6 July [ENInews]-As South Sudan prepares to mark its first anniversary as a nation on 9 July, Christian leaders said it has made positive progress, but also highlighted significant problems.
Ahead of the celebration in the city of Juba, Roman Catholic Archbishop Paulino Lukudu Loro of Juba and Sudan Episcopal Church Archbishop Daniel Deng Bul issued a joint pastoral letter congratulating President Salva Kiir and the citizens for reaching the landmark celebrations. They also termed this as spiritual journey of the people.
"We stand together ... to celebrate the first anniversary ... and to express our joys and concerns," said the letter.
The two churches had worked together during the decades of war and peace in the mainly Christian south, which broke from Sudan on 9 July, 2011 after a referendum on independence. Its freedom came after a nearly 50-year struggle against the mainly-Islamic north.
With independence, the global church welcomed the new nation, but highlighted the people's hunger for development and services. "Roads are being built, telecommunications networks are expanding ... government institutions are beginning to develop. A transitional constitution was produced. A nascent sense of national pride and identity is beginning to form," the leaders noted.
But these positive developments have been blighted by reports of financial theft by high ranking officials, endemic corruption, ethnic discontent and tribalism within government institutions, according to the leaders. They said the delivery of basic infrastructure and services such as roads, health education and water has not met the people's high expectations.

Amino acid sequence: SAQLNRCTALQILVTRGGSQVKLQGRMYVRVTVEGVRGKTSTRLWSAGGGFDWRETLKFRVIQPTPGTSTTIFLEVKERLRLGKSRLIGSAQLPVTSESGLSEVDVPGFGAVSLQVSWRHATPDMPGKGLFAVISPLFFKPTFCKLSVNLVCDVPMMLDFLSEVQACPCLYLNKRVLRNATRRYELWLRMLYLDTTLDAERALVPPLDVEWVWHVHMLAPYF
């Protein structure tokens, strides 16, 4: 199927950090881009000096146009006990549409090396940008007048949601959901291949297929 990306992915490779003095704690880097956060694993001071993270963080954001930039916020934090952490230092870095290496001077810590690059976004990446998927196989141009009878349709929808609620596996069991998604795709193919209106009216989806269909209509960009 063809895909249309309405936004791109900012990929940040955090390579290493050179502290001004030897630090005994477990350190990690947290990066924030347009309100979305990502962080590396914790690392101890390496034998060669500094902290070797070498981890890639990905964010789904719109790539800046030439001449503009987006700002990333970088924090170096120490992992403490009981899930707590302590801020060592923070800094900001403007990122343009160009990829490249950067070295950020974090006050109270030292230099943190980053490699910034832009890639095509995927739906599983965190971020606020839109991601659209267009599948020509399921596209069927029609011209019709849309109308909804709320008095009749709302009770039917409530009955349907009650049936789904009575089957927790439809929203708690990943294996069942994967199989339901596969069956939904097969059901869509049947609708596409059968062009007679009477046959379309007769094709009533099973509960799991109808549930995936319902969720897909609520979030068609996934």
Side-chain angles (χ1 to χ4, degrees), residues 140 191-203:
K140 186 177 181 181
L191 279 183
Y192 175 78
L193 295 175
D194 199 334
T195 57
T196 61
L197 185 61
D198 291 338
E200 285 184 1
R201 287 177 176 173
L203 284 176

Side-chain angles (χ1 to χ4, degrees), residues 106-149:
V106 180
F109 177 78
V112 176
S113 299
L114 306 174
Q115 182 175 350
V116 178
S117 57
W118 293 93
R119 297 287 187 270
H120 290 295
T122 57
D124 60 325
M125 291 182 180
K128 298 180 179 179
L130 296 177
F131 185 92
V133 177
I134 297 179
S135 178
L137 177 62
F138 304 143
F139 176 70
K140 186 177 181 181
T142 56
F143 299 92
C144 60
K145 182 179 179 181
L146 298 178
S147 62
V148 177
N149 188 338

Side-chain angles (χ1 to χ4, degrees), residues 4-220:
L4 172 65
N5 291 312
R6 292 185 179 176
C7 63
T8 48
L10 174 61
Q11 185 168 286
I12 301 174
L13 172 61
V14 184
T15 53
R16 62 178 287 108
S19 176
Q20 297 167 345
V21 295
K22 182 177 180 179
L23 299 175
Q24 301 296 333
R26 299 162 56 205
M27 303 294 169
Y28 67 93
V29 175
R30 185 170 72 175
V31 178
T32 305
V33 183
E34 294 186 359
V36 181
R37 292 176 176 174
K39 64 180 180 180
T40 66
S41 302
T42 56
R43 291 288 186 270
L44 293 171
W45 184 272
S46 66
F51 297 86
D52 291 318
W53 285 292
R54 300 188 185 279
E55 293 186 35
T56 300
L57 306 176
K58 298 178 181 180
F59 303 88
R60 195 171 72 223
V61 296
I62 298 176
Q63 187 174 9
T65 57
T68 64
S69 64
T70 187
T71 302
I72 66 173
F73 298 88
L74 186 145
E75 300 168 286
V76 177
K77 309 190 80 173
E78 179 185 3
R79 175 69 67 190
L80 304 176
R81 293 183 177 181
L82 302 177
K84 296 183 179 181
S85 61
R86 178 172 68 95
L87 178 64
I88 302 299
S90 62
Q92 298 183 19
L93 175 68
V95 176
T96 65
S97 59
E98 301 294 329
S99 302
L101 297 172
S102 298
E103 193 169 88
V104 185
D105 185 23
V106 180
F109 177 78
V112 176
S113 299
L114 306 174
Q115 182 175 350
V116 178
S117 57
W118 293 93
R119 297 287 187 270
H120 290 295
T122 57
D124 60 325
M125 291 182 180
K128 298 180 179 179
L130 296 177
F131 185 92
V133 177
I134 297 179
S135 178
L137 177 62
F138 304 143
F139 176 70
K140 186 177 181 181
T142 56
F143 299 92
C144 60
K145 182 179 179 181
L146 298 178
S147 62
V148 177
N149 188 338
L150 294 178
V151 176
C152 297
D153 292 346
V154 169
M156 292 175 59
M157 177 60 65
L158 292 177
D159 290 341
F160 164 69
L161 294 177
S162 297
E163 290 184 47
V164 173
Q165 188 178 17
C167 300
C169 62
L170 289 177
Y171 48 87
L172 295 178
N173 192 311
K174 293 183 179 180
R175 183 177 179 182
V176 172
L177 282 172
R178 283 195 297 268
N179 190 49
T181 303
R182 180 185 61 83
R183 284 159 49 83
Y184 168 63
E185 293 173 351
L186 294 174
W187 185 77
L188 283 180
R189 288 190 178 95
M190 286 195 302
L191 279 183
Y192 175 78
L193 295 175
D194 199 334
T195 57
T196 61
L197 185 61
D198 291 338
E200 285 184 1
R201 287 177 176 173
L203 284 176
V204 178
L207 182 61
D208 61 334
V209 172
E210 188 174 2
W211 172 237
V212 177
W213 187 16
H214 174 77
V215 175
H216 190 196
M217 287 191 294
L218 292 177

At the same time, more challenges are emerging as the two nations clash over oil and their common border. In April, clashes in the borderland area of Heglig renewed fears of an all-out war between the two former adversaries.
"We reject war as an option to resolve disputes and call upon all parties to implement a meaningful ceasefire and withdraw forces from the border region," the leaders said.
The new nation gives us an opportunity for renewed effort toward achieving peaceful relations between Sudan and South Sudan, said the Archbishop of Canterbury Rowan Williams in a news release on 6 July.
"I welcome the vision which the Sudanese church has set before us of 'two nations at peace with each other,' cooperating to make the best use of their God-given resources, promoting free interaction between their citizens, living side by side in solidarity and mutual respect," he said.
Williams asked that urgent humanitarian assistance be allowed to reach people displaced by conflicts in South Kordofan and Blue Nile states as well as in Darfur. While expressing concern over demolition of churches in Khartoum, he urged respect for freedom of worship and religion for all.
Article from ENI by Fredrick Nzwili